Milling industry should redefine customer value for 21st century, keynote speaker says.
July 01, 1998
by Teresa Acklin
Flour millers must “look past the traditional and buy into the new millennium” to continue to create value for their customers, according to Richard R. DeGregorio, president and chief executive officer of Pioneer Flour Mills, San Antonio, Texas, U.S. In a succinct keynote address at the recent annual technical conference and trade show of the Association of Operative Millers in Phoenix, Mr. DeGregorio's comments centered on the conference theme, “Creating customer value through the A.O.M.”
Traditionally, millers have identified customer value as consisting of quality, efficiency, service and price, he noted. While those attributes do create value today, Mr. DeGregorio suggested that the future definition of “value” was likely to contain additional components.
“What else could (customers) want?” he inquired. “The best way to know is to ask.”
Mr. DeGregorio said changes in the milling industry and in the determinants of customer value would be driven by explosive expansion in three key areas: population, technology and information. Citing projections that the global population will grow by two-thirds in the next 42 years, Mr. DeGregorio said the need to share the world's limited resources would force change in the flour milling and grain-based foods industries.
Technology and the amount of information also will be driving forces for change, he said. “Eighty percent of technological advances have occurred in the last 100 years, and technological achievement will continue to accelerate,” Mr. DeGregorio stated. “Information is doubling every five years.”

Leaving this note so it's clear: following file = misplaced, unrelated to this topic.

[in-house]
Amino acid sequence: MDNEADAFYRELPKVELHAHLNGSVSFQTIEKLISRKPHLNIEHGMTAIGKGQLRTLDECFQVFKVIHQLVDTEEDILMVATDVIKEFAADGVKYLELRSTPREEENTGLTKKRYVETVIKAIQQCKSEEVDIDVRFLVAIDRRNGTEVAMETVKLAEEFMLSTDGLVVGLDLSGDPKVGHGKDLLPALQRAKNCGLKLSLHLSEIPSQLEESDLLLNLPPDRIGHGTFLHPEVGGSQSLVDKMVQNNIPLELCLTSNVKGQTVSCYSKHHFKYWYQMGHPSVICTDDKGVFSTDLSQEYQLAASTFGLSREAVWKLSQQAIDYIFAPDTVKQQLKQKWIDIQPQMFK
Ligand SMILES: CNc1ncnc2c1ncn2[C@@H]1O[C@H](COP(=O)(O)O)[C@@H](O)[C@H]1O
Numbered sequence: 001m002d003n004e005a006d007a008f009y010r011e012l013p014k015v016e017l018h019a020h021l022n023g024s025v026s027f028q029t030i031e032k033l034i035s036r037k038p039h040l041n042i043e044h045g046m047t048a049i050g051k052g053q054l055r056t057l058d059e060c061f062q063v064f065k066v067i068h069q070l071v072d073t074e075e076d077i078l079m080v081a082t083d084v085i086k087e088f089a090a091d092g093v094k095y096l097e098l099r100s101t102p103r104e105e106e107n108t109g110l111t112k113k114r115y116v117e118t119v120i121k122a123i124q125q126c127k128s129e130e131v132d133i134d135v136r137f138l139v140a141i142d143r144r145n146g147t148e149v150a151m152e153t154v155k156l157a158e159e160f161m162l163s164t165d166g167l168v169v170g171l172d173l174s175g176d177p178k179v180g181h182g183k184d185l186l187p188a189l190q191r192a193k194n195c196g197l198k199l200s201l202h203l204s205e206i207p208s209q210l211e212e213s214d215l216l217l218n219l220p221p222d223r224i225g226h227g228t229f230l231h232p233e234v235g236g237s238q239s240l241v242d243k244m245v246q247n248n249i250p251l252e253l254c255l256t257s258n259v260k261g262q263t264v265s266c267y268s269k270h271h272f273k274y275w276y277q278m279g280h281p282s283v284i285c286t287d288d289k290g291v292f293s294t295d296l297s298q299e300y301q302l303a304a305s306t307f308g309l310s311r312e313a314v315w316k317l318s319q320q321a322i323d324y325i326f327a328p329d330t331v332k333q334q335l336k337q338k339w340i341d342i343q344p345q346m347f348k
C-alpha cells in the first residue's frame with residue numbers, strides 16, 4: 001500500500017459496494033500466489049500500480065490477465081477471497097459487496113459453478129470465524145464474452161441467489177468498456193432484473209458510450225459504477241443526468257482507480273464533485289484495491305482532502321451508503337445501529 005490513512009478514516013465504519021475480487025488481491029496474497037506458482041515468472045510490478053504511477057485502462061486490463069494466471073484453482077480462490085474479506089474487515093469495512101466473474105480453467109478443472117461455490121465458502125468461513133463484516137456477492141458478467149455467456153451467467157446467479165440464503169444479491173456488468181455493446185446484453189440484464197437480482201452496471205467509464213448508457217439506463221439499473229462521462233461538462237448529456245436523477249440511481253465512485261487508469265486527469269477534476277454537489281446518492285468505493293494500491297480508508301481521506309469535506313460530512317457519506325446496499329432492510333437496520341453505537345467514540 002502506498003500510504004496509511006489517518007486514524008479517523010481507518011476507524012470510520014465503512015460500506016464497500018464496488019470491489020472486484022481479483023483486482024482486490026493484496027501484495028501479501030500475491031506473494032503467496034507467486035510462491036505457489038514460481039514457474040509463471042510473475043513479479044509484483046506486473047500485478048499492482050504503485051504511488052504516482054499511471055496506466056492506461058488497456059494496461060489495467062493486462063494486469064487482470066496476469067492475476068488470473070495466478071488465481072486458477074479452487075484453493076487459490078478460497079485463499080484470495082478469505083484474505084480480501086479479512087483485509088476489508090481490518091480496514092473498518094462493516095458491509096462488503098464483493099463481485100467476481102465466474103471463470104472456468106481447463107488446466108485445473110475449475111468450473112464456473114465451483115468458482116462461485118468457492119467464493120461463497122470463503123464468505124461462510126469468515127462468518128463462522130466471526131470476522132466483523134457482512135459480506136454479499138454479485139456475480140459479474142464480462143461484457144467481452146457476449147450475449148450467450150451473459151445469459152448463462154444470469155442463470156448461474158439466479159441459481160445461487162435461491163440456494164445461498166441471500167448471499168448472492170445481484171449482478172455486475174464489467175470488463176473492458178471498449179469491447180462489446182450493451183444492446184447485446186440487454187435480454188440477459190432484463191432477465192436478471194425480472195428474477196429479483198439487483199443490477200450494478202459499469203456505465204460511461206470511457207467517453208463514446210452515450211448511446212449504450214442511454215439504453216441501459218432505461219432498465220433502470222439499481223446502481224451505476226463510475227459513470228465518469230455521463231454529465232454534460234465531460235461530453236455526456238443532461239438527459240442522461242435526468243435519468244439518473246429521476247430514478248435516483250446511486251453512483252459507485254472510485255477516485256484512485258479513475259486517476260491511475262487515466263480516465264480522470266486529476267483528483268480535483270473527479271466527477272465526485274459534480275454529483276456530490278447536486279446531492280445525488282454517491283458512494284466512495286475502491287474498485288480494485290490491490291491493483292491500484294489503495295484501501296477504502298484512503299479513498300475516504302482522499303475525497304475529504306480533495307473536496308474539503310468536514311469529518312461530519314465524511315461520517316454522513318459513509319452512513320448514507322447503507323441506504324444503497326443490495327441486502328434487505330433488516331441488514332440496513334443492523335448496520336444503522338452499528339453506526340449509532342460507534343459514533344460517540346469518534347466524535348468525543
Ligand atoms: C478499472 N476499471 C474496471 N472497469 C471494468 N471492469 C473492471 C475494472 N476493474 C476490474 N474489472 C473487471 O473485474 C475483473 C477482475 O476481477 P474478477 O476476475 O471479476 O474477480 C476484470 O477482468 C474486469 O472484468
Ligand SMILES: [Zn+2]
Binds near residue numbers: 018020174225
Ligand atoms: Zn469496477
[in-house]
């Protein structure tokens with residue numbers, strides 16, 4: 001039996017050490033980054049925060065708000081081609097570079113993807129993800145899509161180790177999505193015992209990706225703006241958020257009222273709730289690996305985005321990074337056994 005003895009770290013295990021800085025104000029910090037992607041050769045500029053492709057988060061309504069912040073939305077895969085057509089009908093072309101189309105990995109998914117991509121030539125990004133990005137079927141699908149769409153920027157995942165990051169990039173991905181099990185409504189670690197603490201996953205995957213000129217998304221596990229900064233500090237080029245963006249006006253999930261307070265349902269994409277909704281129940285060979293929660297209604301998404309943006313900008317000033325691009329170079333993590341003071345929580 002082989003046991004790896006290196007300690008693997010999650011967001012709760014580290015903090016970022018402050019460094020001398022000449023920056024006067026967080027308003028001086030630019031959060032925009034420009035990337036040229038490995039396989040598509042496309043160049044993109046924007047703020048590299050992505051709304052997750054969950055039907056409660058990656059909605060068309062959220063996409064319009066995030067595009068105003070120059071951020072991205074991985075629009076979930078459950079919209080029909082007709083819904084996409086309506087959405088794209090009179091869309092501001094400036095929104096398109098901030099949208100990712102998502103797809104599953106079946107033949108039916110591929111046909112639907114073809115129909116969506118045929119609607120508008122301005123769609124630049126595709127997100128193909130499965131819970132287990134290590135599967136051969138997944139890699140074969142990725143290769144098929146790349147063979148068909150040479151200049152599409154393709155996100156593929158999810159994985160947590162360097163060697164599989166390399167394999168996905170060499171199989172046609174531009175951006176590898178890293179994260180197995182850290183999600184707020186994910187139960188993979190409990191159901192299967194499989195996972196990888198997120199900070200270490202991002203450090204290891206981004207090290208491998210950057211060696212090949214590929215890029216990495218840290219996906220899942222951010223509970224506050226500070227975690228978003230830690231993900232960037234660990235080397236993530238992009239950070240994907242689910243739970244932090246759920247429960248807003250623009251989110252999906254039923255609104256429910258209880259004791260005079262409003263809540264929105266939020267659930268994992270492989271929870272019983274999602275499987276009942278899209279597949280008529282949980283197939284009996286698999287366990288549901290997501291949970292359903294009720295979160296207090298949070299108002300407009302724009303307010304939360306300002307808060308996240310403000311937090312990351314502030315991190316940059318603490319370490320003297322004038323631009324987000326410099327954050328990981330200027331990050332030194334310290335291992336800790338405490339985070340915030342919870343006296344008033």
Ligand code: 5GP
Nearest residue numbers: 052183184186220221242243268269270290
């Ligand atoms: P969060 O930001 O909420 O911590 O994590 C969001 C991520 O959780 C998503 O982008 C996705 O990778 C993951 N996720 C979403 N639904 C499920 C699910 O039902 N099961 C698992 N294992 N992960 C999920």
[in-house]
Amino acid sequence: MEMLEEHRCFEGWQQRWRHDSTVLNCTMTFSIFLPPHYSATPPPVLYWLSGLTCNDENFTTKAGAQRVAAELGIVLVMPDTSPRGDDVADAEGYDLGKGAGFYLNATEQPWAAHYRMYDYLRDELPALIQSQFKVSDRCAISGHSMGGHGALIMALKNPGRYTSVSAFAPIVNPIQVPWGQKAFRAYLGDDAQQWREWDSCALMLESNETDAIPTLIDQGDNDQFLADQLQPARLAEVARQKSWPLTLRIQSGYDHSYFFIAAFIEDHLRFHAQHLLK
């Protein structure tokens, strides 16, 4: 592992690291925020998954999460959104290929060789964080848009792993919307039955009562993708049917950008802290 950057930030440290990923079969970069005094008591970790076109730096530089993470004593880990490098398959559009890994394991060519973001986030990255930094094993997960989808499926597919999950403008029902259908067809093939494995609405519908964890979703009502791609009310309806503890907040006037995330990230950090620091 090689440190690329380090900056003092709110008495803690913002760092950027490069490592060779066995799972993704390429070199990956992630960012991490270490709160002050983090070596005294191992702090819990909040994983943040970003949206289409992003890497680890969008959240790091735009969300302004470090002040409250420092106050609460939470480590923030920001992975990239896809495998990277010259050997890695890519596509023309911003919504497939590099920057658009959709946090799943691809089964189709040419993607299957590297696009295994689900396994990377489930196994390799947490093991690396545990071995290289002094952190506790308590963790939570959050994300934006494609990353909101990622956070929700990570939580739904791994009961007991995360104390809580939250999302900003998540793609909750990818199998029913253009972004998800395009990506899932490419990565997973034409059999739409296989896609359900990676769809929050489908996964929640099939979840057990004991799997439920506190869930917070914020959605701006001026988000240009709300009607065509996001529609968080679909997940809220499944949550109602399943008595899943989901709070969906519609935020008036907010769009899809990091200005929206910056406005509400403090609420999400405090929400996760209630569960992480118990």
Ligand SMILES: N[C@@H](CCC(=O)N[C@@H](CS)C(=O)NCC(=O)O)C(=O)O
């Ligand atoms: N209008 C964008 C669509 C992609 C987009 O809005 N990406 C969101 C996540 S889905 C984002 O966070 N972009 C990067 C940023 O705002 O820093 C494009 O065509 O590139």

In light of these rapid developments, millers will need to ask questions constantly and listen well to the answers to determine how to create customer value in the future, he said. The industry will need to challenge itself to discover what customers really want and then to provide it, Mr. DeGregorio said.
“I'd like to suggest we look at non-traditional values,” he said. “One might be a clean environment: no obvious dust, no rain water run-off, no pesticides, no herbicides, no chlorine, no bromine, packaging (capable of being recycled).”
In this area, millers should ask how the industry impacts the environment, which aspects are important to customers and what compromises might be necessary, he said.
The milling industry also needs to pay attention to research efforts and the development of new technologies, from wheat breeding to harvesting to milling and baking processes, to assure quality is maintained, Mr. DeGregorio advised. Working together with regulators also will be critical for preservation of the quality of grain-based foods, he stressed. “We still have to make good cakes, cookies, bagels,” he noted.
An increasing focus on the nutritional characteristics of flour also could be a “non-traditional” area of creating customer value, Mr. DeGregorio said, adding that millers should ask the question, “Should we improve the healthful benefits that these products provide?”
He said the biggest challenges facing millers would be to listen to customers and determine which issues, in fact, would create value for them.
“Can we do all this and still have products look, taste and smell good?” Mr. DeGregorio asked. “These are exciting times, and the A.O.M. has a responsible and bright future.”